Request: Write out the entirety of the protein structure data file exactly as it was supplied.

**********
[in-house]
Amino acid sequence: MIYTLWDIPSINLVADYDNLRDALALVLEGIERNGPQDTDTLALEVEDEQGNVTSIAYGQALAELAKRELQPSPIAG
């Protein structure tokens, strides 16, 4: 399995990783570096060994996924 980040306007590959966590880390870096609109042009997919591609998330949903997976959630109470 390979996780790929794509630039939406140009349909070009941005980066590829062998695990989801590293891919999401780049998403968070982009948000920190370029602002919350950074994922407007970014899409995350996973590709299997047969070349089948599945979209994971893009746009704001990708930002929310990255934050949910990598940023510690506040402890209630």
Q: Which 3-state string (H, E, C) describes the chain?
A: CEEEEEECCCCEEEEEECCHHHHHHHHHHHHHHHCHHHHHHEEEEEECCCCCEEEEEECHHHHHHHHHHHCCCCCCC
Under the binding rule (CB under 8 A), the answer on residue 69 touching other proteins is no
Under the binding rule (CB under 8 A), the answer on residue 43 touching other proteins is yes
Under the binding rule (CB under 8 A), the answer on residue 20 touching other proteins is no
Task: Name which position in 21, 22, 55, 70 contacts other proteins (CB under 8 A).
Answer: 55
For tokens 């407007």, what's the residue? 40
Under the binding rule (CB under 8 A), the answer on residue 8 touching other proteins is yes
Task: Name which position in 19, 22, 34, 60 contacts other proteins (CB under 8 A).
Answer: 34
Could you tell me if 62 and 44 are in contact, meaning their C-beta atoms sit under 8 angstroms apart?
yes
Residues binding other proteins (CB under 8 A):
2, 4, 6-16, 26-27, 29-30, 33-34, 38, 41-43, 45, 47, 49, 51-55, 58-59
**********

[in-house]
Amino acid sequence: MIYTLWDIPSINLVADYDNLRDALALVLEGIERNGPQDTDTLALEVEDEQGNVTSIAYGQALAELAKRELQPSPIAG
């Protein structure tokens, strides 16, 4: 399995990783570096060994996924 980040306007590959966590880390870096609109042009997919591609998330949903997976959630109470 390979996780790929794509630039939406140009349909070009941005980066590829062998695990989801590293891919999401780049998403968070982009948000920190370029602002919350950074994922407007970014899409995350996973590709299997047969070349089948599945979209994971893009746009704001990708930002929310990255934050949910990598940023510690506040402890209630």
Q: Which 3-state string (H, E, C) describes the chain?
A: CEEEEEECCCCEEEEEECCHHHHHHHHHHHHHHHCHHHHHHEEEEEECCCCCEEEEEECHHHHHHHHHHHCCCCCCC
Under the binding rule (CB under 8 A), the answer on residue 69 touching other proteins is no
Under the binding rule (CB under 8 A), the answer on residue 43 touching other proteins is yes
Under the binding rule (CB under 8 A), the answer on residue 20 touching other proteins is no
Task: Name which position in 21, 22, 55, 70 contacts other proteins (CB under 8 A).
Answer: 55
For tokens 């407007």, what's the residue? 40
Under the binding rule (CB under 8 A), the answer on residue 8 touching other proteins is yes
Task: Name which position in 19, 22, 34, 60 contacts other proteins (CB under 8 A).
Answer: 34
Could you tell me if 62 and 44 are in contact, meaning their C-beta atoms sit under 8 angstroms apart?
yes
Residues binding other proteins (CB under 8 A):
2, 4, 6-16, 26-27, 29-30, 33-34, 38, 41-43, 45, 47, 49, 51-55, 58-59